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Helping Muslims read the Bible

Read the Scriptures with your Muslim friends

One approach which has proved useful in showing the value of the Bible to a Muslim is to start with Creation.

I typically open the Bible to Genesis chapter one and begin by reading the story of the Creation. I take a few moments to point out the wisdom of God in the process of creation and the progression from day to day.

I continue by giving them glimpses of the whole book of Genesis. “Look, here is the story of Cain and Abel … Here’s the story of Noah. Did you know that the genealogy of Noah is here in full? Were you aware that all the peoples of the earth today can be traced back to Noah’s three sons? Do you know the details of the events of the flood? Oh, I know that the Qur’an makes a brief reference to it, but here in the Torah is the full story.”

It is good to use the term “Torah” because it is also mentioned in the Qur’an. I go on to Abraham, pointing out the geography and history (use the maps at the back if your Bible has them).

Moving through the Old Testament

As I flip the pages somewhat more quickly through the rest of Genesis, I stop at the story of Joseph and point out a synopsis of his life and journey to Egypt, and how God gave him the strength to stay faithful to Him even in difficult circumstances. “We go now to Moses …” and there I show how God gave Moses the Law and briefly look over the Exodus story.

From there I begin to flip through book by book and call out the names of key prophets of God. Psalm 19 is a good choice. I point out that this is the “Zabur” (Psalms) mentioned in the Qur’an. The Bible has the full text of all 150 songs of praise, worship, prophecy, and teaching. Then I jump to Jonah, pointing out that the Qur’an mentions him as the Prophet Younus. Daniel is also mentioned as a prophet in the Qur’an. Then I go on to the New Testament.

See also  Sharing Life with Muslim Friends Zoom Training

New Testament

I show them the genealogy of Jesus and how it covers many centuries and includes several major prophets and kings. “The entire life of Jesus is recorded right here for us.” I then read several texts from the Sermon on the Mount. I go on to describe how Christianity spread in the early years (Acts and the Letters). I point out in Acts 2 how Arabs, Kurds, Egyptians, Libyans, Turks and other peoples from the Middle East were converted. I read a few verses from the Epistles, especially 1 John, emphasizing the love of God. Finally, I move on to the book of Revelation and point out that the Bible has prophecies which are yet to be fulfilled. “Here are some of them.” In conclusion, I show how the Bible begins at the beginning and ends with the end.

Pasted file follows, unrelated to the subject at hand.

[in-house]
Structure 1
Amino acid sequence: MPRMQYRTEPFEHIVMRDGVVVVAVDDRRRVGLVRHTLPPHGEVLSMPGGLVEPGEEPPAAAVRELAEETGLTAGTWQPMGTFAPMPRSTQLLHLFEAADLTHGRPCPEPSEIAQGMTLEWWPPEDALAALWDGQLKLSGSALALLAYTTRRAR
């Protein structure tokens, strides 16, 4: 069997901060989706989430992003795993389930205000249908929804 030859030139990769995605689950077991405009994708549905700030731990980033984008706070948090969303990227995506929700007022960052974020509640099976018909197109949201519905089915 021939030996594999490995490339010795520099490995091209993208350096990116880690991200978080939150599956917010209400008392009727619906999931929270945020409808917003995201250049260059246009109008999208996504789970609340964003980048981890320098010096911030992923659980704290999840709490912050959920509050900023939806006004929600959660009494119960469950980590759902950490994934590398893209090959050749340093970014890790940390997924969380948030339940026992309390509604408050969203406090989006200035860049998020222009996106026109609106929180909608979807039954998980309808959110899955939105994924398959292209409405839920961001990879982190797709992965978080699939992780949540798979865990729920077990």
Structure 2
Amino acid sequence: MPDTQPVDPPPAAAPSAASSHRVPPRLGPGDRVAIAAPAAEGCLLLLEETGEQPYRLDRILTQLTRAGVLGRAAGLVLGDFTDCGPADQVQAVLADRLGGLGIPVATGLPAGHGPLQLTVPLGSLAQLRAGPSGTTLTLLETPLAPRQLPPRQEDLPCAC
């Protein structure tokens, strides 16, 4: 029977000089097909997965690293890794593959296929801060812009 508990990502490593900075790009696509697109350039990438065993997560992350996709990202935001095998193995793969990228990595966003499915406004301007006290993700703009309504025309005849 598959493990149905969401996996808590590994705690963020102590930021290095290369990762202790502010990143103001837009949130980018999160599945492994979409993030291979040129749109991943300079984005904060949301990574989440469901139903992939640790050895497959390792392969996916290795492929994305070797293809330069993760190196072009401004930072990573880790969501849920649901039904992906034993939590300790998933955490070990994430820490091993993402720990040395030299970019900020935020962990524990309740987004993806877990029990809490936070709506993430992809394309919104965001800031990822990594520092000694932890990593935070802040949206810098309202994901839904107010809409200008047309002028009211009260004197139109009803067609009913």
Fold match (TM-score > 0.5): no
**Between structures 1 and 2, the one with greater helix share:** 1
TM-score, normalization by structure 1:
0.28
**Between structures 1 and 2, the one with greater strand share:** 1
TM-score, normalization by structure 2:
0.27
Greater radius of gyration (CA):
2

Practical Points

Finally, here are a couple of practical points. Almost always, the listener attempts to take the Bible out of my hands, but I hang on to it until I have finished my presentation. Muslims need to know that there are treasures within the Bible, but I do not recommend that we only talk about the Bible. Also I do not recommend asking people if they want a Bible: ideally they should ask for it. When they do, it shows that they are serious. I do not want to give a Bible to someone who does not value it as a present, hoping that somehow they will come to value it later. I like to make them hungry and thirsty for God’s word.

Editor’s note:

Article by Georges Houssney. Our personal sharing with Muslims are dynamic events involving interaction. It is certainly probable that one might not totally finish this presentation or that it might be wise to spend more time on some aspects of it than others.


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  1. Peace Be Upon all of You!

    We Muslims respect previous revelations by God. Only four are mentioned by name [Taurat (Torah), Zabur (Psalms), Injeel (Gospel) and Quran]. Others may be the Scrolls of Abraham.
    In Islam Prophets were sent to all races and nations, with scripture (not only to Jews). And only 25 are mentioned in Quran. God did send down other scriptures that are not mentioned in the Quran. Possibilities may be the Avesta, Vedas. These still have a message of monotheism left. But we cant be sure. So we respect the Bible, among other World Scriptures. If its any consolation many Muslims do own a copy of the Bible. Others go the whole nine yards and obtain a library of World Scriptures, including the Buddhist script (Suka & Duka), the Hebrew Bible (OT) etc..

    Unlike fundamentalist Christians, Muslims don’t curse out saying that your book is complete falsehood. We however dont agree that the Bible is in its original, or revealed form. Its has been corrupted with time, many additions and deletions are seen to have taken place. I believe archeological evidence has proven this.

    The Bible raises serious problems for the 21st century believer in God.
    1. Why is the OT preserved in Hebrew, and the NT preserved in Greek? Did Jesus, or his disciples speak Greek.
    2. Why can’t we find original copies of the NT in Hebrew?
    3. The editor/author to the article claims…

    • Why debate about a subject that no one will agree on? Just allow people to believe in what they feel is true. Live according to your religion, thats all that matters because you are going to account for your works. Even if God himself spoke to you and told you the truth you would not hear because you only hear what you want according to your perspective. Why justify something that you think you know when you know nothing at all. Who are you to judge anyway? Not everyone agrees and rightfully so…If God wanted us all to be the same why then did he create us differently. Dont take things personally because God can fight His own battles, thats why so many Muslims are encountering Jesus. He is the Way, the Truth and the Life.

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